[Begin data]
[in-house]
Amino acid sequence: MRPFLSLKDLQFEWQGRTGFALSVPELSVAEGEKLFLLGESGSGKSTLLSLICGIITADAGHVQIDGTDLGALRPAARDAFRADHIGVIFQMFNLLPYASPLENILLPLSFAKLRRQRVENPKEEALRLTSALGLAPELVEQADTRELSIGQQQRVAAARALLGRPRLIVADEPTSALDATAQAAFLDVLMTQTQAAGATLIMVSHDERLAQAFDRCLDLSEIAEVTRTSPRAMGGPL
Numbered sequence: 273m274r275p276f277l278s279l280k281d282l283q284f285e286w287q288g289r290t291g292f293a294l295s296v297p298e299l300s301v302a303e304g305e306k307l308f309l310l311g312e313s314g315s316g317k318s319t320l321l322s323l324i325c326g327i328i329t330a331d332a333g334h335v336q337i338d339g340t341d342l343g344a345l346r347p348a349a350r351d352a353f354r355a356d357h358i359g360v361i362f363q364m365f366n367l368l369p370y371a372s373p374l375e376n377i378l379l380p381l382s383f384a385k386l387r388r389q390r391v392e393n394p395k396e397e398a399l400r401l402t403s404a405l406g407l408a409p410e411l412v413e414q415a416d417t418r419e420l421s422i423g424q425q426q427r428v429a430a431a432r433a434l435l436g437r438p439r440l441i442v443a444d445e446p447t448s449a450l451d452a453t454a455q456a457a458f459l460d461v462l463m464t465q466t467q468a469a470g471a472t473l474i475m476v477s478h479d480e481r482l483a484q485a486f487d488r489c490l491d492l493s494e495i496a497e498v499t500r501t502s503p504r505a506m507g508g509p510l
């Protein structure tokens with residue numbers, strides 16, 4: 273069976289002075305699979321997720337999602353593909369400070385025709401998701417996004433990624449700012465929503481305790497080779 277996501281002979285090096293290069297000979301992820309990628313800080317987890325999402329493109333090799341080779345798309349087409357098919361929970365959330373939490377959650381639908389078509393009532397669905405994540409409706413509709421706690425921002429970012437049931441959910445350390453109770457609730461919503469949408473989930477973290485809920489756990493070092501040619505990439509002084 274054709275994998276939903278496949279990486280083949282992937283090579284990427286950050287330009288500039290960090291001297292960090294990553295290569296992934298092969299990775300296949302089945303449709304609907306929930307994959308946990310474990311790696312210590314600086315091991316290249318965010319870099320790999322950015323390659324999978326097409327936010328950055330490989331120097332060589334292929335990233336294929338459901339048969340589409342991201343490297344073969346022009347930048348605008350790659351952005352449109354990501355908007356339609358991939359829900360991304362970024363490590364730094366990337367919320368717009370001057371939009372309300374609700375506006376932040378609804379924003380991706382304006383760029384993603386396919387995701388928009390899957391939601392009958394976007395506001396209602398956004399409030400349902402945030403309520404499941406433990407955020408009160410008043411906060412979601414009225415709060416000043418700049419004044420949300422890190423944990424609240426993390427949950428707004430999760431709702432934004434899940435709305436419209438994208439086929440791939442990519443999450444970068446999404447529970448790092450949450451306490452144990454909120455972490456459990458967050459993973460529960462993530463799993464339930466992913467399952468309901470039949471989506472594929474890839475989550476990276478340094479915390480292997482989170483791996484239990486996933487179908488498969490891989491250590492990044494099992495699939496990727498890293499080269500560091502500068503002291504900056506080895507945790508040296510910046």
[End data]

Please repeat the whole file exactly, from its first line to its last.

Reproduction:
[in-house]
Amino acid sequence: MRPFLSLKDLQFEWQGRTGFALSVPELSVAEGEKLFLLGESGSGKSTLLSLICGIITADAGHVQIDGTDLGALRPAARDAFRADHIGVIFQMFNLLPYASPLENILLPLSFAKLRRQRVENPKEEALRLTSALGLAPELVEQADTRELSIGQQQRVAAARALLGRPRLIVADEPTSALDATAQAAFLDVLMTQTQAAGATLIMVSHDERLAQAFDRCLDLSEIAEVTRTSPRAMGGPL
Numbered sequence: 273m274r275p276f277l278s279l280k281d282l283q284f285e286w287q288g289r290t291g292f293a294l295s296v297p298e299l300s301v302a303e304g305e306k307l308f309l310l311g312e313s314g315s316g317k318s319t320l321l322s323l324i325c326g327i328i329t330a331d332a333g334h335v336q337i338d339g340t341d342l343g344a345l346r347p348a349a350r351d352a353f354r355a356d357h358i359g360v361i362f363q364m365f366n367l368l369p370y371a372s373p374l375e376n377i378l379l380p381l382s383f384a385k386l387r388r389q390r391v392e393n394p395k396e397e398a399l400r401l402t403s404a405l406g407l408a409p410e411l412v413e414q415a416d417t418r419e420l421s422i423g424q425q426q427r428v429a430a431a432r433a434l435l436g437r438p439r440l441i442v443a444d445e446p447t448s449a450l451d452a453t454a455q456a457a458f459l460d461v462l463m464t465q466t467q468a469a470g471a472t473l474i475m476v477s478h479d480e481r482l483a484q485a486f487d488r489c490l491d492l493s494e495i496a497e498v499t500r501t502s503p504r505a506m507g508g509p510l
């Protein structure tokens with residue numbers, strides 16, 4: 273069976289002075305699979321997720337999602353593909369400070385025709401998701417996004433990624449700012465929503481305790497080779 277996501281002979285090096293290069297000979301992820309990628313800080317987890325999402329493109333090799341080779345798309349087409357098919361929970365959330373939490377959650381639908389078509393009532397669905405994540409409706413509709421706690425921002429970012437049931441959910445350390453109770457609730461919503469949408473989930477973290485809920489756990493070092501040619505990439509002084 274054709275994998276939903278496949279990486280083949282992937283090579284990427286950050287330009288500039290960090291001297292960090294990553295290569296992934298092969299990775300296949302089945303449709304609907306929930307994959308946990310474990311790696312210590314600086315091991316290249318965010319870099320790999322950015323390659324999978326097409327936010328950055330490989331120097332060589334292929335990233336294929338459901339048969340589409342991201343490297344073969346022009347930048348605008350790659351952005352449109354990501355908007356339609358991939359829900360991304362970024363490590364730094366990337367919320368717009370001057371939009372309300374609700375506006376932040378609804379924003380991706382304006383760029384993603386396919387995701388928009390899957391939601392009958394976007395506001396209602398956004399409030400349902402945030403309520404499941406433990407955020408009160410008043411906060412979601414009225415709060416000043418700049419004044420949300422890190423944990424609240426993390427949950428707004430999760431709702432934004434899940435709305436419209438994208439086929440791939442990519443999450444970068446999404447529970448790092450949450451306490452144990454909120455972490456459990458967050459993973460529960462993530463799993464339930466992913467399952468309901470039949471989506472594929474890839475989550476990276478340094479915390480292997482989170483791996484239990486996933487179908488498969490891989491250590492990044494099992495699939496990727498890293499080269500560091502500068503002291504900056506080895507945790508040296510910046």